Friday, June 10, 2016

Health Risk from Browntail Moths

The browntail moth caterpillar has tiny poisonous hairs that cause a rash similar to poison ivy on sensitive individuals that will usually last for a few hours up to several days. On some sensitive individuals, the rash can be severe and last for several weeks. People may develop a rash from direct contact with the caterpillar or indirectly from contact with airborne hairs. The rash results from both a chemical reaction to a toxin in the hairs and a physical irritation as the barbed hairs become embedded in the skin. Respiratory distress from inhaling the hairs can be serious. 
Caterpillars are active from April to late June. Hairs remain toxic throughout the summer but get washed into the soil and are less of a problem over time. 
The Maine Forest Service is receiving increased reports of caterpillars and their webs. Maine has known populations of browntail moths in Bowdoinham, Bath, Topsham, West Bath, Woolwich (Sagadahoc County) Brunswick, Freeport and Harpswell (Cumberland County) this year. The infestation is expanding south into Yarmouth and Cumberland (Cumberland County) and east into Wiscasset, Edgecomb and Boothbay (Lincoln County) and beyond.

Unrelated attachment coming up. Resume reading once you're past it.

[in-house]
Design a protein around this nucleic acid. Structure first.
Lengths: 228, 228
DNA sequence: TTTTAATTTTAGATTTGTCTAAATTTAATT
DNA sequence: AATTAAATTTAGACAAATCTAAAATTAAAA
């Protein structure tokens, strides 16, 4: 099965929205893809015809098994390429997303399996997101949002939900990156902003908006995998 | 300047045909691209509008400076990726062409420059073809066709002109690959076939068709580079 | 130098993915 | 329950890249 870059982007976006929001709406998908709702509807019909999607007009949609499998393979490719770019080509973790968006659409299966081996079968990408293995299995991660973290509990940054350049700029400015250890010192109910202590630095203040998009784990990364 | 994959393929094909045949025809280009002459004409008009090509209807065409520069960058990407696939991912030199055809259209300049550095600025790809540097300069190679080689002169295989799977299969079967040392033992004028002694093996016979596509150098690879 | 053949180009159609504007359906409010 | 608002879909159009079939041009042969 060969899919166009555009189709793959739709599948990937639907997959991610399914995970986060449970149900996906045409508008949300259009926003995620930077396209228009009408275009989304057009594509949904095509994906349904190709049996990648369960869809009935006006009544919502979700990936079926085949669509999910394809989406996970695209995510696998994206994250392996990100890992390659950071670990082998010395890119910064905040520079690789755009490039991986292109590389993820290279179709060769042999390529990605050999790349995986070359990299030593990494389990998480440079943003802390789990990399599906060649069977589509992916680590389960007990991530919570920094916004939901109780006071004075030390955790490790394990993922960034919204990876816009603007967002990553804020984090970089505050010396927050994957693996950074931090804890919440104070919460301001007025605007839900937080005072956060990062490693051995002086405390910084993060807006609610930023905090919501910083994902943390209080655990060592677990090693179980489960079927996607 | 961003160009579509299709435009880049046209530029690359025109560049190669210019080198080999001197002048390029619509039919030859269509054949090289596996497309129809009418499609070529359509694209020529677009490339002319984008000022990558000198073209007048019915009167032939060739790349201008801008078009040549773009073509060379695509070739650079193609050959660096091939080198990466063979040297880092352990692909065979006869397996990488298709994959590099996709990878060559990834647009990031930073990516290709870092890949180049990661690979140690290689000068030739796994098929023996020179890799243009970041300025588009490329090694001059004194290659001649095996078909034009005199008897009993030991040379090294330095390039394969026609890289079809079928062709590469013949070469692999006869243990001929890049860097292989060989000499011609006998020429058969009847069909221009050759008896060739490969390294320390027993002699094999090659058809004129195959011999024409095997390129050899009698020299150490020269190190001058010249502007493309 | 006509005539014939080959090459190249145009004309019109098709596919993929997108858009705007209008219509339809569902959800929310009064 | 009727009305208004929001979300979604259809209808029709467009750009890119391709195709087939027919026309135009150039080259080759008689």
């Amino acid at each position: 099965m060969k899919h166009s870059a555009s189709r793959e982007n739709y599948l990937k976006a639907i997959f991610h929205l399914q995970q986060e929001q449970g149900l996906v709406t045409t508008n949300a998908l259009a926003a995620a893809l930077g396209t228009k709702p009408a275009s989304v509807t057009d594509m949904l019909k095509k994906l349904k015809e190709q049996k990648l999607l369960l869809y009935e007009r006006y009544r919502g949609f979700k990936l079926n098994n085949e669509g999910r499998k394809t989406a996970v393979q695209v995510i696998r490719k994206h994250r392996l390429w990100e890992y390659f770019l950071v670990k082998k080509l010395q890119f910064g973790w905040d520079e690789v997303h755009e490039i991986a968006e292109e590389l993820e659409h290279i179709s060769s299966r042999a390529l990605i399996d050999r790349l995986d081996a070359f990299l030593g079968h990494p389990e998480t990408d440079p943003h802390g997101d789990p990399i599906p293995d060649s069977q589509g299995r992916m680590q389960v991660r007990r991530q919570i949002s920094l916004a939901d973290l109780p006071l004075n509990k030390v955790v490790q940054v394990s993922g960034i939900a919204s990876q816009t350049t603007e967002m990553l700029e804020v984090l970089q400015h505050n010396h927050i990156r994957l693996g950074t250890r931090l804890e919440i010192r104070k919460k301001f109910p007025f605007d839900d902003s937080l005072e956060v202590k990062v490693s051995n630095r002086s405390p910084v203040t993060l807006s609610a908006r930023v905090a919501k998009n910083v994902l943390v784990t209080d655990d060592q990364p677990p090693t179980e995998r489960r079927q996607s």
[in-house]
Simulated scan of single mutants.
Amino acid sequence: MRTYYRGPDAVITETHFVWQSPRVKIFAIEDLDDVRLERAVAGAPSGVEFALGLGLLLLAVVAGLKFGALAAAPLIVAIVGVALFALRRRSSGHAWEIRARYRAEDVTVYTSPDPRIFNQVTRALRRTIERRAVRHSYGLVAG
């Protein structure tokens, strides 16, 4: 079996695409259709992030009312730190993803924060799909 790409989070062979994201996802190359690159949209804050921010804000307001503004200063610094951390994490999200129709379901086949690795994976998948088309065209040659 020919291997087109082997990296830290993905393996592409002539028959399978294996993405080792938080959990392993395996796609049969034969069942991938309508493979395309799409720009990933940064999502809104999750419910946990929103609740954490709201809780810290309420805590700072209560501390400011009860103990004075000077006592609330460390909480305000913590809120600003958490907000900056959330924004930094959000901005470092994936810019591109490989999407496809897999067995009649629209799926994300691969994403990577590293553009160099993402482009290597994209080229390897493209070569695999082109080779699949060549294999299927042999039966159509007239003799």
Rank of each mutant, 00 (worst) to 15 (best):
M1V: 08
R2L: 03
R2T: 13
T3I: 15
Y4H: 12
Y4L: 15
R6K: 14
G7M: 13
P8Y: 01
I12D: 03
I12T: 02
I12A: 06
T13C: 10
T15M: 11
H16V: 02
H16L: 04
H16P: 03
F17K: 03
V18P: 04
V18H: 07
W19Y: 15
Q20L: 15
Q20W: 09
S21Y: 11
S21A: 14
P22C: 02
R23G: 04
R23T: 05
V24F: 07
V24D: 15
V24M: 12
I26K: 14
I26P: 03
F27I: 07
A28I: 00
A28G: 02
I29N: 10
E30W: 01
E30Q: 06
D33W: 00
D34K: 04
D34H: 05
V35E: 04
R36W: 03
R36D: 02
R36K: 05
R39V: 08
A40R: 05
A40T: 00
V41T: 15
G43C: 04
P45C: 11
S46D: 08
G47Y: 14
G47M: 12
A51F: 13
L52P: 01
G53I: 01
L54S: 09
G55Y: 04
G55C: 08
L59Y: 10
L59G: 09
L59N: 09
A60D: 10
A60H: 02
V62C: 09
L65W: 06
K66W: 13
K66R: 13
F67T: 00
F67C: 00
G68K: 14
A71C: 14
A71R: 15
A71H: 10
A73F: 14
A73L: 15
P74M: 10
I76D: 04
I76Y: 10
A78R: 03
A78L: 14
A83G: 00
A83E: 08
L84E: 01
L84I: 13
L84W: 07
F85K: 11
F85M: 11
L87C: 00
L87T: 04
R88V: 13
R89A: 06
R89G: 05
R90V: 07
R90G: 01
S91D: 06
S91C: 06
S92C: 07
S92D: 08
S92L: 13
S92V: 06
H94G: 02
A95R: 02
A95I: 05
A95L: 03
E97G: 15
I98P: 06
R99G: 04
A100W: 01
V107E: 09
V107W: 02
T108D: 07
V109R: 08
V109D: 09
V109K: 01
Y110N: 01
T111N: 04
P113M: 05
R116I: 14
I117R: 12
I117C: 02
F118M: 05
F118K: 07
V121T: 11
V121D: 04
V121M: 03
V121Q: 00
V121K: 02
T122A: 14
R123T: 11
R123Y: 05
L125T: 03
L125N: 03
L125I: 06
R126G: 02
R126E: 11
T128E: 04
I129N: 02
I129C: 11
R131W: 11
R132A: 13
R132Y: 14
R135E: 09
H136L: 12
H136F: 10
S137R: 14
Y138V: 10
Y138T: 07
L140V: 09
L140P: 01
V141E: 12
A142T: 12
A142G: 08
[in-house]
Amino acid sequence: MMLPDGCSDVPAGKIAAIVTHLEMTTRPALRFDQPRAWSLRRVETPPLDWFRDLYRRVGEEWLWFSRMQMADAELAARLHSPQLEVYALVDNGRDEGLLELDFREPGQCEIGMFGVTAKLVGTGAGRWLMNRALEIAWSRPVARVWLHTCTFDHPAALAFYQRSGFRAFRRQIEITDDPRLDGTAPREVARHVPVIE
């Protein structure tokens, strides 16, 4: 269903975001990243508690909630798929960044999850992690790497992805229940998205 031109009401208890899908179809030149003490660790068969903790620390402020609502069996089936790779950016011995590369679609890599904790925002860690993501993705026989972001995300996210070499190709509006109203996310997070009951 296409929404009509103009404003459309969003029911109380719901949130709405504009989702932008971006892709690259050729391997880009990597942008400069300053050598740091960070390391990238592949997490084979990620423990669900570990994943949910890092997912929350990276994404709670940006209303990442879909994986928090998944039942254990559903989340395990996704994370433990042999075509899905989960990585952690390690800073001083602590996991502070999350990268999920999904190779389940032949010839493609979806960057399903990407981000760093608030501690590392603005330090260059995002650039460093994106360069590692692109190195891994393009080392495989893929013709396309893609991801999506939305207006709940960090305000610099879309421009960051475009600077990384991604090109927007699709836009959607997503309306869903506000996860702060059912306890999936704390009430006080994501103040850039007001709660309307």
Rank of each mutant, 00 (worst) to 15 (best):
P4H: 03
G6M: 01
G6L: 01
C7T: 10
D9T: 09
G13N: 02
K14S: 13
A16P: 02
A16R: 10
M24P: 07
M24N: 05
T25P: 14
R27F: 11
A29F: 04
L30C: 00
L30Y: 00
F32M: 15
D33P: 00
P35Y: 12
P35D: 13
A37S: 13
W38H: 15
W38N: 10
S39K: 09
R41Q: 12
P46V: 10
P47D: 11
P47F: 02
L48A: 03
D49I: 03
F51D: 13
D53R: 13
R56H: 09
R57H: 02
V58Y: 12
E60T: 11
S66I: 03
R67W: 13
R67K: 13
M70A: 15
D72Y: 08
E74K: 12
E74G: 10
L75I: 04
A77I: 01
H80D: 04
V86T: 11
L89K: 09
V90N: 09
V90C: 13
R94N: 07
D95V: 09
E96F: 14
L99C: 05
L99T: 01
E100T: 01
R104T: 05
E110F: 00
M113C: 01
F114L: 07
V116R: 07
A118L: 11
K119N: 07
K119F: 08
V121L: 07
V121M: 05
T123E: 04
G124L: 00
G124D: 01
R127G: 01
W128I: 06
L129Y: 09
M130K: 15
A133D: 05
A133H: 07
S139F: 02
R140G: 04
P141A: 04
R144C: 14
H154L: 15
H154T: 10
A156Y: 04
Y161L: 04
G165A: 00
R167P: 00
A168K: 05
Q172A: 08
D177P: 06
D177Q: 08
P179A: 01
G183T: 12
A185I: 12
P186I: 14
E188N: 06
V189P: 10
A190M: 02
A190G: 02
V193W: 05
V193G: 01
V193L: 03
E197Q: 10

The Maine Forest Service has seen pockets of infestation, some of them heavy, in other locations from Turner (Androscoggin County) to Waterville (Kennebec County) to Bristol (Lincoln County) to Kittery (York County). 
Browntail moth control may be occurring in certain areas, but the risk to the public remains high in affected areas. 
Recommendations to reduce exposure: 
  • Avoid places heavily infested by caterpillars.
  • Take a cool shower and change clothes after any activity that might involve contact with browntail moth hairs.
  • Dry laundry inside during June and July to avoid having the hair become impregnated in clothing.
  • Wear respirator, goggles and coveralls tightly closed at neck, wrists and ankles when performing activities that stir up caterpillar hairs such as mowing, raking, weed whacking and removing pupal webbing from eaves and boats. Perform these tasks on damp days or wet down material with a hose to help keep the hairs from becoming airborne. 
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